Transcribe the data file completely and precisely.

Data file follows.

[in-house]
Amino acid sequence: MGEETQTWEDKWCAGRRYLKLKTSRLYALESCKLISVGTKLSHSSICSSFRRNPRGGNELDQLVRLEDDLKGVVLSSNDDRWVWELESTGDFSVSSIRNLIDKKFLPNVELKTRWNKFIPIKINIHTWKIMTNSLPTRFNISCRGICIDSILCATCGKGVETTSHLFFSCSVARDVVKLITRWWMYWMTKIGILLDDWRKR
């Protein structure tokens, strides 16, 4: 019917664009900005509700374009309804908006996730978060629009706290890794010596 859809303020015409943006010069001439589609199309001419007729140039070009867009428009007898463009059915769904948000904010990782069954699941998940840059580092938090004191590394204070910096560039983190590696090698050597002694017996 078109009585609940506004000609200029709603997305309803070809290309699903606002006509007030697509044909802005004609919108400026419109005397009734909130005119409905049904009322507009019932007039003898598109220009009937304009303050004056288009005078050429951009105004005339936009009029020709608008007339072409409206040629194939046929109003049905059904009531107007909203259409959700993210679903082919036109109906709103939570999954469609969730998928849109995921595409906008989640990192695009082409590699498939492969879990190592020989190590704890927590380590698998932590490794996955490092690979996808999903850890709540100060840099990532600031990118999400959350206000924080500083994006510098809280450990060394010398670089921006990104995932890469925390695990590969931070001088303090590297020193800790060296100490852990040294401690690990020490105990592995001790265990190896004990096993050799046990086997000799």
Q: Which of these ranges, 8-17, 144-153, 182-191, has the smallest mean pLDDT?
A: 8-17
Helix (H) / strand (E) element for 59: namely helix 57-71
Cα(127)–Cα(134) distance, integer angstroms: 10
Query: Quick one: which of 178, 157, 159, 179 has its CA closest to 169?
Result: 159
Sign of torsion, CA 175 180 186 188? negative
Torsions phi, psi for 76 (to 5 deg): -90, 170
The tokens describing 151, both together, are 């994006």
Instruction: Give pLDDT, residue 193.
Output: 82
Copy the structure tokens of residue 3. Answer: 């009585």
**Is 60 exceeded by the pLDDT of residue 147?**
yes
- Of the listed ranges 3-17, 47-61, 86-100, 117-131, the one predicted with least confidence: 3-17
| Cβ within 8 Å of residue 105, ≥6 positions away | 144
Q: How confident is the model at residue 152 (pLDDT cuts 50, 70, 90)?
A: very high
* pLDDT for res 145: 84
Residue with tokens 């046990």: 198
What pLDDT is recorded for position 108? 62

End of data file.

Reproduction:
[in-house]
Amino acid sequence: MGEETQTWEDKWCAGRRYLKLKTSRLYALESCKLISVGTKLSHSSICSSFRRNPRGGNELDQLVRLEDDLKGVVLSSNDDRWVWELESTGDFSVSSIRNLIDKKFLPNVELKTRWNKFIPIKINIHTWKIMTNSLPTRFNISCRGICIDSILCATCGKGVETTSHLFFSCSVARDVVKLITRWWMYWMTKIGILLDDWRKR
């Protein structure tokens, strides 16, 4: 019917664009900005509700374009309804908006996730978060629009706290890794010596 859809303020015409943006010069001439589609199309001419007729140039070009867009428009007898463009059915769904948000904010990782069954699941998940840059580092938090004191590394204070910096560039983190590696090698050597002694017996 078109009585609940506004000609200029709603997305309803070809290309699903606002006509007030697509044909802005004609919108400026419109005397009734909130005119409905049904009322507009019932007039003898598109220009009937304009303050004056288009005078050429951009105004005339936009009029020709608008007339072409409206040629194939046929109003049905059904009531107007909203259409959700993210679903082919036109109906709103939570999954469609969730998928849109995921595409906008989640990192695009082409590699498939492969879990190592020989190590704890927590380590698998932590490794996955490092690979996808999903850890709540100060840099990532600031990118999400959350206000924080500083994006510098809280450990060394010398670089921006990104995932890469925390695990590969931070001088303090590297020193800790060296100490852990040294401690690990020490105990592995001790265990190896004990096993050799046990086997000799």
Q: Which of these ranges, 8-17, 144-153, 182-191, has the smallest mean pLDDT?
A: 8-17
Helix (H) / strand (E) element for 59: namely helix 57-71
Cα(127)–Cα(134) distance, integer angstroms: 10
Query: Quick one: which of 178, 157, 159, 179 has its CA closest to 169?
Result: 159
Sign of torsion, CA 175 180 186 188? negative
Torsions phi, psi for 76 (to 5 deg): -90, 170
The tokens describing 151, both together, are 């994006």
Instruction: Give pLDDT, residue 193.
Output: 82
Copy the structure tokens of residue 3. Answer: 């009585």
**Is 60 exceeded by the pLDDT of residue 147?**
yes
- Of the listed ranges 3-17, 47-61, 86-100, 117-131, the one predicted with least confidence: 3-17
| Cβ within 8 Å of residue 105, ≥6 positions away | 144
Q: How confident is the model at residue 152 (pLDDT cuts 50, 70, 90)?
A: very high
* pLDDT for res 145: 84
Residue with tokens 């046990």: 198
What pLDDT is recorded for position 108? 62